Why are national happiness levels always flat?

Yesterday, I went to the British Academy, to hear Richard Easterlin, the father of happiness economics, present his latest thinking, together with Andrew Oswald of Warwick University. Easterlin asked the provocative question: does higher income raise happiness in poorer countries? His answer was ‘no, as far as the evidence goes’. He showed graph after graph of transition economies where the income has been rising sharply over the last decade, while the happiness levels remained flat.

He focused on China, a country “where the rate of economic growth has been completely unprecedented, at almost 10% a year for the last decade. If any country would show an improvement in happiness, it would be China.” But it doesn’t. Another flat line.

The only countries which showed noticeable drops and rises in happiness levels, as far as I could tell, where post-Communist countries, whose happiness levels showed a clear (and understandable) drop after the collapse of communism, and then a steady rise after that, only to flatten out again.

This famous flattening of average happiness levels despite rises in income has been called the Easterlin Paradox, and is perhaps the single most influential graph for happiness economics. It is used, over and over again, as evidence that governments should not be focusing on raising income, but instead on raising happiness.

But here’s my question: do any policies have any clear impact on national happiness levels? Perhaps the happiness flatlines we see in country after country is evidence not that we’re pursuing the wrong policies, but simply that our daily happiness levels are not very sensitive to major policy changes. Think about all the different political, economic and cultural changes over the last 50 years in the UK, and yet our happiness levels remain flat. Why is that? I suggest it’s because the measurement technique – asking people to rate their happiness between one and ten – simply isn’t good enough to pick up changes in quality of life over time. We adapt to our situation, and except in moments of extreme crisis, we always say ‘oh, about a seven’.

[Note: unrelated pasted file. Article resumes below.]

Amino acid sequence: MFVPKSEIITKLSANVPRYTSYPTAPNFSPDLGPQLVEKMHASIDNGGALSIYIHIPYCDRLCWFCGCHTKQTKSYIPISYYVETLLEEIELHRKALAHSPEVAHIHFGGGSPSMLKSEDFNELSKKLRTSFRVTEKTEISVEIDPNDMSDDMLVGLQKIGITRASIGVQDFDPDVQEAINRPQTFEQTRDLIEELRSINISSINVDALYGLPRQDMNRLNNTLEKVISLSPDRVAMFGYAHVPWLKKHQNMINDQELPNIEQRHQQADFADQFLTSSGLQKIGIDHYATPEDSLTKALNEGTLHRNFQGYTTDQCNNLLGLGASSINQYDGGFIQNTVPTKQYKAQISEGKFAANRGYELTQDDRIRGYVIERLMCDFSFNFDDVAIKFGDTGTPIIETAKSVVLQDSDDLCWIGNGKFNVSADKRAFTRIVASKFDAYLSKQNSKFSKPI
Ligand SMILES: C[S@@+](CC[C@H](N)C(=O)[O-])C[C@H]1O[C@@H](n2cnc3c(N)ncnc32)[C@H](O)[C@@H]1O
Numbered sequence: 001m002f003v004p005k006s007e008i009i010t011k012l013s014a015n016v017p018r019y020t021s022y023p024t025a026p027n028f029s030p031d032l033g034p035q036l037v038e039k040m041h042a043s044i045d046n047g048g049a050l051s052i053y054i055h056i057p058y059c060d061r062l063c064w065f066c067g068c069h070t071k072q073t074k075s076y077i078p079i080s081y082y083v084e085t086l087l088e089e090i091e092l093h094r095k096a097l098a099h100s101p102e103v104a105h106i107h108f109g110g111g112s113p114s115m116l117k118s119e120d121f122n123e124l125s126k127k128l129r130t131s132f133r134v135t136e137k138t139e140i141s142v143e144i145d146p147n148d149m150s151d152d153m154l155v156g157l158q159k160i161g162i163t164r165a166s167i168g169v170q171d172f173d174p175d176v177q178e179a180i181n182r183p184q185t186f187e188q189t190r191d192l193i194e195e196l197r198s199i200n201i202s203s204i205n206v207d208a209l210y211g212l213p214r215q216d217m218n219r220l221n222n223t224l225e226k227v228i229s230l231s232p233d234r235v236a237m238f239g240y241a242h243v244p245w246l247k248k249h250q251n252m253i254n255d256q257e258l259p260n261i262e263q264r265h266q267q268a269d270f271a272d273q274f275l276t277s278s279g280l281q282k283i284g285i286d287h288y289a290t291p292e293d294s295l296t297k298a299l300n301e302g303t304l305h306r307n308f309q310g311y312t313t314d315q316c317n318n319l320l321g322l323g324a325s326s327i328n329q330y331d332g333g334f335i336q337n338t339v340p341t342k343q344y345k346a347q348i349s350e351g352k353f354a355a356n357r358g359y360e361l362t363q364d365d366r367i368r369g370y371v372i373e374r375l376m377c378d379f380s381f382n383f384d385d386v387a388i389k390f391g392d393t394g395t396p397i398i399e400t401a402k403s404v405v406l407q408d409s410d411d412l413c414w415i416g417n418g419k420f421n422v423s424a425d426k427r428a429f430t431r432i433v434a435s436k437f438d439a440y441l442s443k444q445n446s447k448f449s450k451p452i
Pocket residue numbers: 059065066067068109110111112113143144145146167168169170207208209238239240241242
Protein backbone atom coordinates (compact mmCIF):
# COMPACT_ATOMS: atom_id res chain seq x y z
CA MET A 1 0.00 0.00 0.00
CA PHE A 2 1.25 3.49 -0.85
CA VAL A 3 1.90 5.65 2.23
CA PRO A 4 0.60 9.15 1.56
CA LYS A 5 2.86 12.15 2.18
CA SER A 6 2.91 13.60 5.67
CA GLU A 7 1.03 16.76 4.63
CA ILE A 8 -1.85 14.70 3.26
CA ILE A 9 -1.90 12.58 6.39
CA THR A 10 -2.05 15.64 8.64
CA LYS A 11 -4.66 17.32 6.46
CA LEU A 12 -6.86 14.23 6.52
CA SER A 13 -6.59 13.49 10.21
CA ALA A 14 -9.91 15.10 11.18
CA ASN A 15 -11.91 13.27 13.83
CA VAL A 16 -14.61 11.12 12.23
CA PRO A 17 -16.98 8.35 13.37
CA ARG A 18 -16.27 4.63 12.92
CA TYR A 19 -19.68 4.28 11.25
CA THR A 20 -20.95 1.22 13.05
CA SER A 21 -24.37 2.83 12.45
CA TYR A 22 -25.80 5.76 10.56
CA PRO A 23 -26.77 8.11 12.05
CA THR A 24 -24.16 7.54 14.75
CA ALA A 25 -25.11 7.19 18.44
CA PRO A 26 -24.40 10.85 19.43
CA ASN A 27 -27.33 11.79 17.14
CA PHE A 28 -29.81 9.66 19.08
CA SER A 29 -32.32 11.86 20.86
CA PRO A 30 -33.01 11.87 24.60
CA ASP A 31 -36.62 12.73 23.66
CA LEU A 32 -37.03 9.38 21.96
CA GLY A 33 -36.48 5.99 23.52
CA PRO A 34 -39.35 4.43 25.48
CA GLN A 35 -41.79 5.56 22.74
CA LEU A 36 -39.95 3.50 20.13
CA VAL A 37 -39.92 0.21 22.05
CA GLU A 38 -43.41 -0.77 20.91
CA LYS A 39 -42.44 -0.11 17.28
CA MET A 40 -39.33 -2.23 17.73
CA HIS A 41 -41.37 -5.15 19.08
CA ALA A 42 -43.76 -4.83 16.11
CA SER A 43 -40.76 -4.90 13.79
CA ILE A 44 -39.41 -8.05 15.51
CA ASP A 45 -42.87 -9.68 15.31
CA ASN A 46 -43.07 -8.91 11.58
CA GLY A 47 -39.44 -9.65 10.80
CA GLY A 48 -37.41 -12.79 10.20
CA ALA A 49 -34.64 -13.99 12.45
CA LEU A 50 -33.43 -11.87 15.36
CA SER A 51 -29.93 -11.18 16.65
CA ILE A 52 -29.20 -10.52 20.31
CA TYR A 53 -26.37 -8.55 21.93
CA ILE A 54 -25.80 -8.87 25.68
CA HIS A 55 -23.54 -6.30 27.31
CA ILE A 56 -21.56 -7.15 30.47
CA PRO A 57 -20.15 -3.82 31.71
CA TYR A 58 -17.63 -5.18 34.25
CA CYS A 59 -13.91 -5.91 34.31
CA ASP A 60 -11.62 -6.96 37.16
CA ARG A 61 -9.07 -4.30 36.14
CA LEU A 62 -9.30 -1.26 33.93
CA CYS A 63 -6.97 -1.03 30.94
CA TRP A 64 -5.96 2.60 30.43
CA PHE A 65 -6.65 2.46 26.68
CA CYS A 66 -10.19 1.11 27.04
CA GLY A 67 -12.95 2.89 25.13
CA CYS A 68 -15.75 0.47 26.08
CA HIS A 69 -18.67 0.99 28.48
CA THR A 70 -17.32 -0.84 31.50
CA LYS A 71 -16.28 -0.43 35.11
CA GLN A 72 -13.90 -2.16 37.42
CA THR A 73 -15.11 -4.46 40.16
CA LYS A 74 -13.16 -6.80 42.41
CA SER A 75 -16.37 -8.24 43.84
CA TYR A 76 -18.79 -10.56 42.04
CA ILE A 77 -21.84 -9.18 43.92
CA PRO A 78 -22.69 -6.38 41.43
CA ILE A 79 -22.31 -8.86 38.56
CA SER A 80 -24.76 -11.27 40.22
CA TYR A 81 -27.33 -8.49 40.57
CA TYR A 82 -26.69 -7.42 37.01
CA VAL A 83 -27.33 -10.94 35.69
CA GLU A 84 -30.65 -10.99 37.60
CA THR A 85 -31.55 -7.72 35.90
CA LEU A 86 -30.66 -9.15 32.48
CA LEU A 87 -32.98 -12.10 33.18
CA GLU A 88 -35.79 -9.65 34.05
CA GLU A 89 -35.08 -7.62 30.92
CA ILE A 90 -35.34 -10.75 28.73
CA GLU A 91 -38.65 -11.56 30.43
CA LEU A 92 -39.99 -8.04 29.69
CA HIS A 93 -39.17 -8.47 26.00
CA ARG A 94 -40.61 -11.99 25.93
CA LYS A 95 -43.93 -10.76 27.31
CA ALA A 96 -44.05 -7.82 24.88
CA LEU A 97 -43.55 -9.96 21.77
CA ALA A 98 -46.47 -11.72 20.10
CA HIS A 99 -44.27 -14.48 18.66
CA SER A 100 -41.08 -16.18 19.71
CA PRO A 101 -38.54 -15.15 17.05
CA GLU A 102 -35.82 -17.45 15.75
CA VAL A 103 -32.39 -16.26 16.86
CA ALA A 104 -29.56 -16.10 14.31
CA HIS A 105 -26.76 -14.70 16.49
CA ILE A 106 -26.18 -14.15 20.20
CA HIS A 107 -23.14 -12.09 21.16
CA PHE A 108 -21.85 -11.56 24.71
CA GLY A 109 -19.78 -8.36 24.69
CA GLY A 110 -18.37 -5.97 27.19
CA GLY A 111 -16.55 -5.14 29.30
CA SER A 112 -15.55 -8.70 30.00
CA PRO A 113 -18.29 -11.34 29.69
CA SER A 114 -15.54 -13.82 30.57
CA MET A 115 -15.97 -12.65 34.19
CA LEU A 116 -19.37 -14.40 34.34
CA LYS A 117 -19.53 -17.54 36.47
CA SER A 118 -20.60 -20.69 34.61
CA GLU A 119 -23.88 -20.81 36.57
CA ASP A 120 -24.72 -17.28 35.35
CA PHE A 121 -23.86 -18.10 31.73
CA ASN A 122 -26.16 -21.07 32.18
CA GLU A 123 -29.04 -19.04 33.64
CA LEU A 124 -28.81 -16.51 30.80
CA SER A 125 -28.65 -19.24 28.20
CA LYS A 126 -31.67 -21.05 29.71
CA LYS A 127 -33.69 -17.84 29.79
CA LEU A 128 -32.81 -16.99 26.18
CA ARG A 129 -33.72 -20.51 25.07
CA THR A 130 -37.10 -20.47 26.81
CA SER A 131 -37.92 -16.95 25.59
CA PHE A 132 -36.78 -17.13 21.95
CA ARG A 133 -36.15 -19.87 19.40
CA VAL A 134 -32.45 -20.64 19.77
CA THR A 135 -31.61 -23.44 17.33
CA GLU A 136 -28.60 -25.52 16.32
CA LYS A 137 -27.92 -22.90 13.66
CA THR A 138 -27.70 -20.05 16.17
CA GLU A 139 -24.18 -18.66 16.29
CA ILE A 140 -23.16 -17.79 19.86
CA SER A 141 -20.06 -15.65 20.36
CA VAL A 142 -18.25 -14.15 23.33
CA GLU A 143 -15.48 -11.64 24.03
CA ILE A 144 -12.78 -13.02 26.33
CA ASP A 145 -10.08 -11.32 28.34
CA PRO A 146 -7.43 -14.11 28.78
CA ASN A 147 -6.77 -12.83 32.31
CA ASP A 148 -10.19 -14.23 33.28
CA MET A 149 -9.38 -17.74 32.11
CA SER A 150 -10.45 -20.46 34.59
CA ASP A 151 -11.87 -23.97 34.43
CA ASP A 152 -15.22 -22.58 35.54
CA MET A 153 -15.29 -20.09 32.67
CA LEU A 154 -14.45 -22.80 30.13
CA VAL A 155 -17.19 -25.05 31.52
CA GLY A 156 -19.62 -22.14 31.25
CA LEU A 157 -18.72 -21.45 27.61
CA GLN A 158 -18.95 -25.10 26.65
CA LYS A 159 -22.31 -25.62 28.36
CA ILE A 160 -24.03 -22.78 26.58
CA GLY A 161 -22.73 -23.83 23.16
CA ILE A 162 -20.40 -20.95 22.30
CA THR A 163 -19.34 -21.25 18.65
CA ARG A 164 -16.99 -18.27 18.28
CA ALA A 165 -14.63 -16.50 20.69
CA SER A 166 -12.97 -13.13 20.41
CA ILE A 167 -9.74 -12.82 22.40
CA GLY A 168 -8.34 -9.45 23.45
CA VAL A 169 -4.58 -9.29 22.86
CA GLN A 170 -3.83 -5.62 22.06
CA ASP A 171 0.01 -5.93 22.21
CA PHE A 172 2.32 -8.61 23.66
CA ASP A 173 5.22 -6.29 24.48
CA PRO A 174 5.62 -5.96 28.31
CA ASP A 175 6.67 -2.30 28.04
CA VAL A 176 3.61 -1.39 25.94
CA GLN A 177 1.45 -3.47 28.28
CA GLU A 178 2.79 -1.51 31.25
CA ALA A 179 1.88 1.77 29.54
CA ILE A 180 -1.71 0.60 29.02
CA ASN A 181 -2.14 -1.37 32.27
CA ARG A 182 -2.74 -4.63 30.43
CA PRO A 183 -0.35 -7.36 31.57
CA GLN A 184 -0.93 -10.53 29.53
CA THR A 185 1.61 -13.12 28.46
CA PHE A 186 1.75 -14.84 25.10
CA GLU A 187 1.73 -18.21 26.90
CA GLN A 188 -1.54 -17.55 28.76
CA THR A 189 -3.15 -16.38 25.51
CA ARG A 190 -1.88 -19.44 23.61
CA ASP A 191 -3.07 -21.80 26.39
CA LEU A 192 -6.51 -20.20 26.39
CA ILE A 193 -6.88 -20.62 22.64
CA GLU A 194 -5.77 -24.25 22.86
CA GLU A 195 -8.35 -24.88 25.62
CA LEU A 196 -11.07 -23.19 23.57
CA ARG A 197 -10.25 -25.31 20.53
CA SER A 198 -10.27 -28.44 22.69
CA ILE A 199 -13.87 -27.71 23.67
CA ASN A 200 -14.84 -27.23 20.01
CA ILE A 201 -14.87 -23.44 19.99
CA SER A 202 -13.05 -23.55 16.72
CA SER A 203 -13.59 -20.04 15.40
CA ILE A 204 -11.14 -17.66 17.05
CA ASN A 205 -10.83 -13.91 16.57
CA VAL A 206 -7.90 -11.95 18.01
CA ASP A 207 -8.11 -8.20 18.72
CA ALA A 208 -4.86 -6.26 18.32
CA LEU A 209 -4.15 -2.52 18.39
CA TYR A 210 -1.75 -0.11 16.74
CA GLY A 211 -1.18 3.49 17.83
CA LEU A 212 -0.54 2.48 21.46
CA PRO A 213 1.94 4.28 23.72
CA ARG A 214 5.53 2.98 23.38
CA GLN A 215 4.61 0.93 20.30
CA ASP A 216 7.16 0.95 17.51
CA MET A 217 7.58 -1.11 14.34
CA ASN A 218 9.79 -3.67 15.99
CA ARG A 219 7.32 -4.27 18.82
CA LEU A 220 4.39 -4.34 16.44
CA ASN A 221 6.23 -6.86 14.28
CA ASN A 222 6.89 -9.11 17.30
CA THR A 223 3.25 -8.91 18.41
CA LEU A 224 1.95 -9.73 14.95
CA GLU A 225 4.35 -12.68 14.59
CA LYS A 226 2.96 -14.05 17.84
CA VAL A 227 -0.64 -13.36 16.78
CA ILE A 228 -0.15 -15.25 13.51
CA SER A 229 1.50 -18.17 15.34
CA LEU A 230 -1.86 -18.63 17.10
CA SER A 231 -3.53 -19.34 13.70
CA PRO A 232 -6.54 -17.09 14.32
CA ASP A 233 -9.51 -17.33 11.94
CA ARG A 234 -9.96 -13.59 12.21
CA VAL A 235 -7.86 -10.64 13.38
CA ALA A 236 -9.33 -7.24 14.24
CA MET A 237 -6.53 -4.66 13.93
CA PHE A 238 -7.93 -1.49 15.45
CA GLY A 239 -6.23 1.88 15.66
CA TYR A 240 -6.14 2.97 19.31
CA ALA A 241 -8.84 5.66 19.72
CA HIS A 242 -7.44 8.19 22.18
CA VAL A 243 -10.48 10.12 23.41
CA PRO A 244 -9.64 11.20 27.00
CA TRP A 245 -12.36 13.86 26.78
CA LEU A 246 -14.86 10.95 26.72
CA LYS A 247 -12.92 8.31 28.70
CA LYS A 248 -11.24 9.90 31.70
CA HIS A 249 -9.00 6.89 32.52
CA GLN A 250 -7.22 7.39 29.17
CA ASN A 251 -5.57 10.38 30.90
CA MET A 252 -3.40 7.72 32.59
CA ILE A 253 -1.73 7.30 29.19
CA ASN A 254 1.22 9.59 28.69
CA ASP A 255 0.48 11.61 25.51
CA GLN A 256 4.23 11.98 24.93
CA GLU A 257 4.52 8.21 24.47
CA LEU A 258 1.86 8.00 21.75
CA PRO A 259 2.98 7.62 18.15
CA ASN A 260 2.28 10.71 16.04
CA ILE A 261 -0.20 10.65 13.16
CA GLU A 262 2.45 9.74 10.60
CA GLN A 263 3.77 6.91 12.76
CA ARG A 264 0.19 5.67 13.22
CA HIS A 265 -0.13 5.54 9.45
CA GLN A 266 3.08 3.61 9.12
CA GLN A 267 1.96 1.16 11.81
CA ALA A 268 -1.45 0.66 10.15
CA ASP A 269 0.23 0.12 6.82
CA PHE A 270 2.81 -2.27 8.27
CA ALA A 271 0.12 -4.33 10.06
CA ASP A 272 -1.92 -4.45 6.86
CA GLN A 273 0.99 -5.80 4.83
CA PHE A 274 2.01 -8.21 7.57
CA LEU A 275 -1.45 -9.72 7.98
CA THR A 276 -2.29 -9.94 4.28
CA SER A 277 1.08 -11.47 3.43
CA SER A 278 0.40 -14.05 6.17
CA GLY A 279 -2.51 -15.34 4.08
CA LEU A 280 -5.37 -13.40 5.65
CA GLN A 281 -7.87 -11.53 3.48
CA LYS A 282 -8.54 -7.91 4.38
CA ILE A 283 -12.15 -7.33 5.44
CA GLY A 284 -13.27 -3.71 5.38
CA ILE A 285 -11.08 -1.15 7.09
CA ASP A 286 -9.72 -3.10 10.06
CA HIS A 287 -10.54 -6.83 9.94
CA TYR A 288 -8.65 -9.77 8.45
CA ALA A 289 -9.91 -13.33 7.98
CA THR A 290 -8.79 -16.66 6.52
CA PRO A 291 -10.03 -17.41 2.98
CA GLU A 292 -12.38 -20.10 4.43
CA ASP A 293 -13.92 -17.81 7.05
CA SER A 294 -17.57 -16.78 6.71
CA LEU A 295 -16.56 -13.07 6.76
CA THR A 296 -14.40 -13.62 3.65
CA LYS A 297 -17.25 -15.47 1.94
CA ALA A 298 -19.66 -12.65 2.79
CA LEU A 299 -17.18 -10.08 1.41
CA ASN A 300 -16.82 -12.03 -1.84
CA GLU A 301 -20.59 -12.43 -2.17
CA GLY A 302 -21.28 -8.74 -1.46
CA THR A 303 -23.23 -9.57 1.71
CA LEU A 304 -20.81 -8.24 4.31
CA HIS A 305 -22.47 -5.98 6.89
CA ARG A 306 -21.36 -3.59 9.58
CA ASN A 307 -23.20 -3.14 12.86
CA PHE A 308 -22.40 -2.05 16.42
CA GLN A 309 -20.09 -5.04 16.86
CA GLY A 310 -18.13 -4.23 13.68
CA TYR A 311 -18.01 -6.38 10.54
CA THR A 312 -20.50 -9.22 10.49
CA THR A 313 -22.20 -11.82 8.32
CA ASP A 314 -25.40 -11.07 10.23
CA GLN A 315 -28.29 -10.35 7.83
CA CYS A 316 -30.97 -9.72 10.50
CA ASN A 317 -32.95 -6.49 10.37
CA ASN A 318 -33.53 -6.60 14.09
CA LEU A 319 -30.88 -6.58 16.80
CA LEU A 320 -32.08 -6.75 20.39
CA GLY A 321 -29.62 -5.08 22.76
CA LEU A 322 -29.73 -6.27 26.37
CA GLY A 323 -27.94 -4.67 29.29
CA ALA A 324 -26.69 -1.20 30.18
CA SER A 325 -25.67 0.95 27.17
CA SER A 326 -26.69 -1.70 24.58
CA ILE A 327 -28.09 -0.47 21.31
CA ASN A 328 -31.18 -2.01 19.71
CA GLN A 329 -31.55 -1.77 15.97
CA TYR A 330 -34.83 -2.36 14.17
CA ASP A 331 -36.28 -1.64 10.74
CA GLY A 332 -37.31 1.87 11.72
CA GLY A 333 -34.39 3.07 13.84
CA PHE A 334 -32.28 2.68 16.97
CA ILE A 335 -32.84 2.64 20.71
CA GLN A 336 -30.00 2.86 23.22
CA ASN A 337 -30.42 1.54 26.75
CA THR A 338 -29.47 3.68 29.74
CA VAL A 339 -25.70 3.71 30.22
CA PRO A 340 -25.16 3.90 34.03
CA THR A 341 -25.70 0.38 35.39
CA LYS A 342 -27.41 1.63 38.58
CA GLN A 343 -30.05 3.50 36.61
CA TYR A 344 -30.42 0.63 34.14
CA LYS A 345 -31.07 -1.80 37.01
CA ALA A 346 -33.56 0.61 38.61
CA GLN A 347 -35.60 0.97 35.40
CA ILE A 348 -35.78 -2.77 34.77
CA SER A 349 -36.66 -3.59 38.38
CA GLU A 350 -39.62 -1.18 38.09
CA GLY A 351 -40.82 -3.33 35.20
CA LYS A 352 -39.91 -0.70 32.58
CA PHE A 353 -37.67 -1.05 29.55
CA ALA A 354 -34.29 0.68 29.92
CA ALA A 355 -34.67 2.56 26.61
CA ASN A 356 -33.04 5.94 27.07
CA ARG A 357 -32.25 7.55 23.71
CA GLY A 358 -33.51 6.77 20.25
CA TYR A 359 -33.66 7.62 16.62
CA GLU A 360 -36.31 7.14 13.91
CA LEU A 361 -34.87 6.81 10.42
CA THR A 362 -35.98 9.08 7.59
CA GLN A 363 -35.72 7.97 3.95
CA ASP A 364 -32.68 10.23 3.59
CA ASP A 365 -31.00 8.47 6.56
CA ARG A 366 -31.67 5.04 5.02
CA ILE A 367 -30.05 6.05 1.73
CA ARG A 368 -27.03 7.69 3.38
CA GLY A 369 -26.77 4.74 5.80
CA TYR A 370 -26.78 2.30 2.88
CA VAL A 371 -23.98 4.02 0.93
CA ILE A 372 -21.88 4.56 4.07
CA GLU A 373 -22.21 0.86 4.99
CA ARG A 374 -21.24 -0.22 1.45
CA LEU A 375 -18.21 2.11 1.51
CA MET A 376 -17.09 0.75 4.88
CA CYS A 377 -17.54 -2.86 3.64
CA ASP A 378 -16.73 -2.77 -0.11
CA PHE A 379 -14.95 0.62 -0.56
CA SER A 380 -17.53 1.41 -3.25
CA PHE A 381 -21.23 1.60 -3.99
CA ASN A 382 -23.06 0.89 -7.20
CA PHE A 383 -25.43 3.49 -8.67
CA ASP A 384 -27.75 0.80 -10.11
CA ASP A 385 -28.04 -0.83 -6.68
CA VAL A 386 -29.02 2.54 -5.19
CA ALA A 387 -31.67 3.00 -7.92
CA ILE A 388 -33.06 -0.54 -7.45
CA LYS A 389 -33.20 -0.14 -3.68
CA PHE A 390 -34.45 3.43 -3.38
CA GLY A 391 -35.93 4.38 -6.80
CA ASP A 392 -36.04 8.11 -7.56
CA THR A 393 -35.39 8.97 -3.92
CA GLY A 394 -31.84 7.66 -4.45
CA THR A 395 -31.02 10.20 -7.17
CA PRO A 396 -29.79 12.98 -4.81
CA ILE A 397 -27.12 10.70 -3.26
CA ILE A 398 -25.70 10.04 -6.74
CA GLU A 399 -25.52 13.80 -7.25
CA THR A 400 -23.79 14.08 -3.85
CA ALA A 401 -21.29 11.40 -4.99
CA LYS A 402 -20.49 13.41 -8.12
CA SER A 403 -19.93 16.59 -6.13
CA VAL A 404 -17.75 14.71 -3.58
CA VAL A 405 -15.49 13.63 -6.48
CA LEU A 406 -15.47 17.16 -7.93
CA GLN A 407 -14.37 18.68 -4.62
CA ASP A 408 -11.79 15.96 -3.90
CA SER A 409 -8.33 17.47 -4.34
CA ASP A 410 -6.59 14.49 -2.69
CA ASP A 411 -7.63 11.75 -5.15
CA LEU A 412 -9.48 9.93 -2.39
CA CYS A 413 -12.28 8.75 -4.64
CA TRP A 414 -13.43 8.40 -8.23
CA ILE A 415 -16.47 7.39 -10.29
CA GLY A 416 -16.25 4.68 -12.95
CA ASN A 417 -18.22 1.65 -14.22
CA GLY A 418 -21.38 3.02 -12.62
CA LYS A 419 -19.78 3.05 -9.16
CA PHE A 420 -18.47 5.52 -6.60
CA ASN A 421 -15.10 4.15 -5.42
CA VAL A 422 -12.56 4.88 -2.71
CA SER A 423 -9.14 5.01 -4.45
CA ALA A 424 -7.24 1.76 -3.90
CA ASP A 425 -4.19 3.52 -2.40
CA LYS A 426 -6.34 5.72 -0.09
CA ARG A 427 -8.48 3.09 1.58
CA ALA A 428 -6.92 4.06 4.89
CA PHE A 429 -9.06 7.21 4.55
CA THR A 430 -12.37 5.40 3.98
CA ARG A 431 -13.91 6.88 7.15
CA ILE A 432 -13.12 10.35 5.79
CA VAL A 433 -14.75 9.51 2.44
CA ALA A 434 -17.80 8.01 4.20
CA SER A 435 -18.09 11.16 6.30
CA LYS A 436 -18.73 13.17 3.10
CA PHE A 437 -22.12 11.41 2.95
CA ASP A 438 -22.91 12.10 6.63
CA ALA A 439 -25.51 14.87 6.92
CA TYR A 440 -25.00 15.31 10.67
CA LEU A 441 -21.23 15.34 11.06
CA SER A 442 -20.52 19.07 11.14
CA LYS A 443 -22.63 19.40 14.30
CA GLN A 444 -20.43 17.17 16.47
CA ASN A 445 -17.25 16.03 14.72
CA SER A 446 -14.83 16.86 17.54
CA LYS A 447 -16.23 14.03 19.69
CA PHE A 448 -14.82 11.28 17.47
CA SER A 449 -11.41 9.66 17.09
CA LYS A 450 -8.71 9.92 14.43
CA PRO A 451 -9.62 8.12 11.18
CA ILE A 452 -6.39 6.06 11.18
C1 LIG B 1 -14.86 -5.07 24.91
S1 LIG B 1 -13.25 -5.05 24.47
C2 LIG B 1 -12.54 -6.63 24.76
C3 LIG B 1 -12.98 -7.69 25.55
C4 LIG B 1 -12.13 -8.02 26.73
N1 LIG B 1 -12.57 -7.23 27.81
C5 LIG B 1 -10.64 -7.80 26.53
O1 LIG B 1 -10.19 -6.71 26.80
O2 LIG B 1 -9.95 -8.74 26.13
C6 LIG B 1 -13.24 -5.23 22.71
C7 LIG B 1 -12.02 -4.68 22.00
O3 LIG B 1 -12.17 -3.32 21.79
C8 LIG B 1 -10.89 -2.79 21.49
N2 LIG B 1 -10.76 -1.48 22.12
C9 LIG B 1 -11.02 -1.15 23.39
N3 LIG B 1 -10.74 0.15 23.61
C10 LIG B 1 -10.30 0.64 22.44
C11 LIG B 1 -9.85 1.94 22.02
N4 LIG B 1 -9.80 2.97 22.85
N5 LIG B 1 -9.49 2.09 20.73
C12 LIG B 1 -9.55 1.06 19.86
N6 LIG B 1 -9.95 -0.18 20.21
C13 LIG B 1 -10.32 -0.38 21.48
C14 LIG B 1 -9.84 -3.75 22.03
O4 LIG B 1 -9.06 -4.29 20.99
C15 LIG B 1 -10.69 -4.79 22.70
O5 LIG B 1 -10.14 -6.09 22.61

What do happiness economists expect? Do they think that, if governments pursue the right policies, the public will go from a seven, to an eight, until eventually, after say 30 years, we will all be shouting ‘Ten!’ before ascending in rapture unto heaven? Of course, given such a bounded numerical scale, people are going to say ‘about a seven’, even if their lives have actually got better or worse over time. We forget the bad times, and we also forget the good times. Our daily well-being is probably protected by our forgetfulness and our ability to adapt.

Happiness economists try to get around this by using country comparisons. ‘Look’, they say, ‘how Scandinavian countries are typically happier than Anglo-Saxon countries. This is because they spend more on health, education and unemployment benefits. If we did the same, we’d be happier.’ I’m personally all for higher education and health spending. But that sort of cross-country comparison completely ignores cultural differences.